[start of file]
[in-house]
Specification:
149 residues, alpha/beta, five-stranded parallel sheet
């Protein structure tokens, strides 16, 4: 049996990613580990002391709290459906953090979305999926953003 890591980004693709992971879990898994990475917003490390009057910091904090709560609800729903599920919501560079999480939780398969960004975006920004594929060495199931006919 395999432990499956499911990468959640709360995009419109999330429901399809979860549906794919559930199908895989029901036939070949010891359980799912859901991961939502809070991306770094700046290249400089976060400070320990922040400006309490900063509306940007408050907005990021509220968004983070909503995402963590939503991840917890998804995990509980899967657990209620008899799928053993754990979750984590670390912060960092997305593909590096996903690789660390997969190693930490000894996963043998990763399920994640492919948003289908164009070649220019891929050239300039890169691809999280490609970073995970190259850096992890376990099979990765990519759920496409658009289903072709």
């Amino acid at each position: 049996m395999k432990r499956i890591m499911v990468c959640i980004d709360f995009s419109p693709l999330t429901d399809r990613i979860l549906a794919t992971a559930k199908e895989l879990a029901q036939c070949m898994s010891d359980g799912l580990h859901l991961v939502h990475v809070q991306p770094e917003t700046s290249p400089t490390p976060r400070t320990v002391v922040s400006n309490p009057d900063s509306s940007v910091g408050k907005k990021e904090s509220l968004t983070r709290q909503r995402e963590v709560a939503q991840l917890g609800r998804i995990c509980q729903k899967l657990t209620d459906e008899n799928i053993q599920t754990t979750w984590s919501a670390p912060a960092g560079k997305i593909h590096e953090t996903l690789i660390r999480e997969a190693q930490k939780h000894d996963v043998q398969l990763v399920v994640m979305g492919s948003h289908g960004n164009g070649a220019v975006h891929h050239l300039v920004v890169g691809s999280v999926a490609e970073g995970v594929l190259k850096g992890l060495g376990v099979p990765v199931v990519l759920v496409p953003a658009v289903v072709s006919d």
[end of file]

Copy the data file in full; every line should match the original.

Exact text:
[in-house]
Specification:
149 residues, alpha/beta, five-stranded parallel sheet
């Protein structure tokens, strides 16, 4: 049996990613580990002391709290459906953090979305999926953003 890591980004693709992971879990898994990475917003490390009057910091904090709560609800729903599920919501560079999480939780398969960004975006920004594929060495199931006919 395999432990499956499911990468959640709360995009419109999330429901399809979860549906794919559930199908895989029901036939070949010891359980799912859901991961939502809070991306770094700046290249400089976060400070320990922040400006309490900063509306940007408050907005990021509220968004983070909503995402963590939503991840917890998804995990509980899967657990209620008899799928053993754990979750984590670390912060960092997305593909590096996903690789660390997969190693930490000894996963043998990763399920994640492919948003289908164009070649220019891929050239300039890169691809999280490609970073995970190259850096992890376990099979990765990519759920496409658009289903072709």
């Amino acid at each position: 049996m395999k432990r499956i890591m499911v990468c959640i980004d709360f995009s419109p693709l999330t429901d399809r990613i979860l549906a794919t992971a559930k199908e895989l879990a029901q036939c070949m898994s010891d359980g799912l580990h859901l991961v939502h990475v809070q991306p770094e917003t700046s290249p400089t490390p976060r400070t320990v002391v922040s400006n309490p009057d900063s509306s940007v910091g408050k907005k990021e904090s509220l968004t983070r709290q909503r995402e963590v709560a939503q991840l917890g609800r998804i995990c509980q729903k899967l657990t209620d459906e008899n799928i053993q599920t754990t979750w984590s919501a670390p912060a960092g560079k997305i593909h590096e953090t996903l690789i660390r999480e997969a190693q930490k939780h000894d996963v043998q398969l990763v399920v994640m979305g492919s948003h289908g960004n164009g070649a220019v975006h891929h050239l300039v920004v890169g691809s999280v999926a490609e970073g995970v594929l190259k850096g992890l060495g376990v099979p990765v199931v990519l759920v496409p953003a658009v289903v072709s006919d």